4. While experience has proven this otherwise incredible fact, John vouchsafes the admonition notwithstanding: "Marvel not, brethren, if the world hateth you." If we are not to wonder at this, is there anything in the world to incite wonder? I should truly think the hearing of a single sermon on the grace of Christ would suffice to bring the world to receive the Gospel with intense joy and never to forget the divine mercy and blessing. It would be no wonder should the earth suddenly open and engulf mankind because of its ingratitude to God who has given his Son to become man for the purpose of redeeming us condemned mortals from sin and death and restoring us to life and salvation. Is it not a horrible thing that any man should shun and oppose such a Savior and his doctrine even more than he does the devil himself?

5. But what is God's attitude toward such conduct? Well does he say to the Jews through the prophet: "O my people, what have I done unto thee? and wherein have I wearied thee? testify against me. For I brought thee up out of the land of Egypt, and redeemed thee out of the house of bondage; and I sent before thee Moses, Aaron, and Miriam. O my people, remember now what Balak, king of Moab, devised; and what Balaam, the son of Beor, answered him; remember from Shittim unto Gilgal, that ye may know the righteous acts of Jehovah." Mic 6, 3-5. And well does Christ say to his ungrateful people: "O Jerusalem, Jerusalem, that killeth the prophets, and stoneth them that are sent unto her! how often would I have gathered thy children together, even as a hen gathereth her chickens under her wings, and ye would not!" Mt 23, 37. As if he would say, "I surely did not come to effect your death and condemnation by my message. I am about to suffer death and God's wrath for your sins. I bring you God's endless grace and blessing for time and eternity. Then why this bitter hatred against me and my message?"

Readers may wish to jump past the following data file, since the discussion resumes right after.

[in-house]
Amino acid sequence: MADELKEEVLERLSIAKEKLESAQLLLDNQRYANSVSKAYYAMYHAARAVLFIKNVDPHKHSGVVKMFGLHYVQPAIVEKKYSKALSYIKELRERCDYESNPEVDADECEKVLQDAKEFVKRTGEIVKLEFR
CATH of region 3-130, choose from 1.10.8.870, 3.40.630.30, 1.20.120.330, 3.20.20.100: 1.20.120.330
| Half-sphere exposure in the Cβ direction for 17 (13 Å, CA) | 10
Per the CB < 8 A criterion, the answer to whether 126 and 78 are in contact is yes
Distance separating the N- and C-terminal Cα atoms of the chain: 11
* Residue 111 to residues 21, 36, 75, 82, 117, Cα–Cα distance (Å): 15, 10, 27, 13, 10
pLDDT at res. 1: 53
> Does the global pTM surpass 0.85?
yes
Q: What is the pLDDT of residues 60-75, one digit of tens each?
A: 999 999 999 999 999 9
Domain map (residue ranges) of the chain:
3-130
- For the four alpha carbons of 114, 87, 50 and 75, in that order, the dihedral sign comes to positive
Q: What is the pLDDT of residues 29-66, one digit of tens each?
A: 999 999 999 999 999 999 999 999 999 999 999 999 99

6. "Since the world hates even God for his kindness," argues John, "marvel not, my beloved, that you suffer the same fate. What does it signify that I show my love by hazarding life and limb to sustain this doctrine of the Gospel and help my neighbor? Mine is but a poor, mean, uncouth, offensive love in comparison with the love that led Christ to die for me and to redeem me from eternal death. If God's supreme, unfathomable love fails to awaken the gratitude of the world, what wonder if the world hates you for all your kindness? Why will you bring down your fist and stamp your foot in anger at such ingratitude? You are yourselves of that race for whom the Son of God had to die. And even were you to die for the Gospel, your sacrifice would be as nothing in comparison to the fact that God, for the sake of the world, spared not his own Son but permitted the world to put him to death."